A widely circulated image taken in California showed the shuttle's fireball streak with a zigzag line catching up with it. Two effects produced this optical illusion. First, a shuttle re-entry typically leaves a persistent streak across the sky that lasts several minutes. Second, the camera was taking a time exposure on a tripod, so when the "open" button was pushed, it briefly shook, laying down the zigzag.
5. The foam came off because of EPA regulations banning stronger glue that used Freon.
The Environmental Protection Agency did ban CFC-11 in the mid-1990s, and NASA eventually selected an alternative — but it wasn't used in the section of the external tank where the fatal chunk tore off. A different foam, not covered by the EPA regulation, had been used there, so the cause of the shedding had nothing to do with environmental concerns.
6. A secret nuclear-powered Israeli spy device was on board.
The presence of Israel's first astronaut, Ilan Ramon, sparked many conspiracy theories, as did post-disaster search instructions to be cautious around some specific types of debris. But the cautions related to hazardous chemical fuels always carried on shuttles, and there was no room in the cargo manifests or electrical power budgets for any super-secret dangerous payload.
7. Satellite photographs captured the vehicle exploding in space.
These grisly images were an Internet hoax using stills from a science-fiction movie.
8. The astronauts had earlier relayed photographs of an ominous crack or dent in the spaceship's wing.
The images in Israeli newspapers and across the Internet actually showed the front wall of the payload bay, not the wing at all. And the cracks and dents were normal non-hazardous structural features.
9. NASA knew the spaceship was fatally damaged but decided not to tell the crew.
This newborn myth consists entirely of exaggerated or misrepresented excerpts from a recent blog posting by former NASA official Wayne Hale. He reported a private conversation during the mission that speculated what might be best in the event lethal damage were discovered. No official decision was ever made, because nobody thought there was any need. Columbia's astronauts were fully informed of the actual results of NASA's analysis, which determined that the impacting debris had not hit a vital region of the heat shield. That conclusion was found to be erroneous only in hindsight.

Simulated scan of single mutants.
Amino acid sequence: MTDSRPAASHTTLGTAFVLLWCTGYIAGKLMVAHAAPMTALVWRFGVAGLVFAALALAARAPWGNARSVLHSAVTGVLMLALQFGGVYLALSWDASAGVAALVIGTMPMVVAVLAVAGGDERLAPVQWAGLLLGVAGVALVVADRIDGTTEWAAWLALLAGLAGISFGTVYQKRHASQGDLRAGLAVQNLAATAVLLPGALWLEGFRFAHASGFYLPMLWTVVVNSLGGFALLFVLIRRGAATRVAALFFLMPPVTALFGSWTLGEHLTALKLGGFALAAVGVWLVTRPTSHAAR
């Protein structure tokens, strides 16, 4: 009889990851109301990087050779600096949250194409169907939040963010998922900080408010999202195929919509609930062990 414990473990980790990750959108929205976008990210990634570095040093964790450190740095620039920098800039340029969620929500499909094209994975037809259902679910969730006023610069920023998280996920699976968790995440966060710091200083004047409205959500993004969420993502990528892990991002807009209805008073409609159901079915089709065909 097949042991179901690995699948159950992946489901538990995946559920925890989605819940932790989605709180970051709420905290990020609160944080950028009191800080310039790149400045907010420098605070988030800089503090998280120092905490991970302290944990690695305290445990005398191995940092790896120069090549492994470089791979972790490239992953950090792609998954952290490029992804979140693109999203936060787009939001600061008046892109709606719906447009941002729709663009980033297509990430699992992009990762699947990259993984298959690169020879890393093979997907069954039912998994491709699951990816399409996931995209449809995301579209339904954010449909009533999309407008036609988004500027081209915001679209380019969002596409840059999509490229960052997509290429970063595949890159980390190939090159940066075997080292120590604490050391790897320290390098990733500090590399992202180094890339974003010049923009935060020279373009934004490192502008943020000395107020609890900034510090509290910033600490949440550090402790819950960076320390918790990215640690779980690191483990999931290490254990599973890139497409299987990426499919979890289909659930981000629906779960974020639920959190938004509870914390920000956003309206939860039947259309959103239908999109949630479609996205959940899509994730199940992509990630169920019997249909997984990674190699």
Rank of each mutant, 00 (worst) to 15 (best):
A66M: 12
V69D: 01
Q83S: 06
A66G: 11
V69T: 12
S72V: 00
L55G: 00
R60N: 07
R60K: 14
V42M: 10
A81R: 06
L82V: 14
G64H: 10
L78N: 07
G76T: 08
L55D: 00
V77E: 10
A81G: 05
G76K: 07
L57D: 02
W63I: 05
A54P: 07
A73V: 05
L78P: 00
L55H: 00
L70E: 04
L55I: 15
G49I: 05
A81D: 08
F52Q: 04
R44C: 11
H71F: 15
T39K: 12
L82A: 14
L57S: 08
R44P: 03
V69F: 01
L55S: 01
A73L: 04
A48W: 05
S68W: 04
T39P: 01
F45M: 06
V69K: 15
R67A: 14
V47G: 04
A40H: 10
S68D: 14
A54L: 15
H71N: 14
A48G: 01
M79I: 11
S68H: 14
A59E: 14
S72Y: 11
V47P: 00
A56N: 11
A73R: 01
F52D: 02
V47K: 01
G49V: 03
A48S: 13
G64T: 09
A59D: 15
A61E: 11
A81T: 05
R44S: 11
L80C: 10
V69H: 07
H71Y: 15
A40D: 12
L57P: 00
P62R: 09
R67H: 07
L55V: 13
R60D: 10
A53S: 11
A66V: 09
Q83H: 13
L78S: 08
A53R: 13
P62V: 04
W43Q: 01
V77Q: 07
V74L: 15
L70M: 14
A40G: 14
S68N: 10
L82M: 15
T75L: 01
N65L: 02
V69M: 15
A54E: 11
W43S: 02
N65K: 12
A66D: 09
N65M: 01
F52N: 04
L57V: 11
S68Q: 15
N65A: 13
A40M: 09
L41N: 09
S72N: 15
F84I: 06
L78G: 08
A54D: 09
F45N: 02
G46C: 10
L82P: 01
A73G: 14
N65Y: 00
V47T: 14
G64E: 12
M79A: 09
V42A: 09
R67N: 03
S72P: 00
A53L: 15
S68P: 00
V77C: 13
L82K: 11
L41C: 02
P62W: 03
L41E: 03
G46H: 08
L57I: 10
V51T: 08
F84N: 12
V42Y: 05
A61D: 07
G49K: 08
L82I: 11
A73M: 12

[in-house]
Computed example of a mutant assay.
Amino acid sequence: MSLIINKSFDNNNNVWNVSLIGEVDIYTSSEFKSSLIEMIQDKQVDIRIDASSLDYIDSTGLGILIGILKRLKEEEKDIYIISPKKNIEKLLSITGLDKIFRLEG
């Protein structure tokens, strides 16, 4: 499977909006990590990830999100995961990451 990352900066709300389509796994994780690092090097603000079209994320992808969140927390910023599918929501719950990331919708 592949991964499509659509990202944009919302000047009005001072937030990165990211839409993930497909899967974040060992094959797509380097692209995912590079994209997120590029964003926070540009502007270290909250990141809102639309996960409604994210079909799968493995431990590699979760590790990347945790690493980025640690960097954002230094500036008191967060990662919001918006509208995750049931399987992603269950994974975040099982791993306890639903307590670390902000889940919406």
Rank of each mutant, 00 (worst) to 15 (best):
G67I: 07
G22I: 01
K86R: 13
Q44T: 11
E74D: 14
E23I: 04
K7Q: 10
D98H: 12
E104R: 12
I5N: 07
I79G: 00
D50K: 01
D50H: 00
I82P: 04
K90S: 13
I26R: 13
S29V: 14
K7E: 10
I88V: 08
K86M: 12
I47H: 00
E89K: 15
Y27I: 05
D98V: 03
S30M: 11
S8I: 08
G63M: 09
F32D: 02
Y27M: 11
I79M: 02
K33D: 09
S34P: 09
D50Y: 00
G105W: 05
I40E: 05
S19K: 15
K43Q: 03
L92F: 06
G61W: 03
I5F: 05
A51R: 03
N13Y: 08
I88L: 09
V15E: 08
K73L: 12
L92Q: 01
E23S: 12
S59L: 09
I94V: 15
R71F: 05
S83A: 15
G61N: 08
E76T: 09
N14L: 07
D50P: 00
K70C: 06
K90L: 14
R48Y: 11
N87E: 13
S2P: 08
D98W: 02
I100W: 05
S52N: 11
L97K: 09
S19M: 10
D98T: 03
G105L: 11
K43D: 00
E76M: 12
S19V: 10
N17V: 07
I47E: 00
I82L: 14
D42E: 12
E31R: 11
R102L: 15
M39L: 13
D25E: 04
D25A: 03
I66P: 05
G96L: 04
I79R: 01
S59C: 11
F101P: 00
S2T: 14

10. Nostradamus had predicted the disaster in a quatrain referring to seven who perish in a ship descending from the sky over Texas.
The purported quatrain, like a similar prophecy about the 9/11 terror attacks, is a complete hoax. Its author has never been tracked down.
There are many other lunacies on the Internet. Other, more obscure myths have involved the Tesla death ray, the secret HAARP system in Alaska, or numerology, or corporate espionage, or a UFO attack, or solar storms that zapped the shuttle. One tall tale has the same astronaut being "bumped" from both the shuttle Challenger and Columbia.
On the 10th anniversary of the disaster, it's fitting to remember those who were lost in the mission: commander Rick Husband, pilot William McCool, Israeli astronaut Ilan Ramon, Michael Anderson, David Brown, Kalpana Chawla and Laurel Clark. It's also fitting to remember the two searchers who died in a helicopter crash during the recovery effort: pilot Jules F. Mier Jr. and Charles Krenek. But such remembrances require authentic memories.
More about the Columbia tragedy:
NBC News space analyst James Oberg spent 22 years at NASA's Johnson Space Center as a Mission Control operator and an orbital designer. He is the author of several books on space history and space policy.
First published February 1 2013, 8:12 AM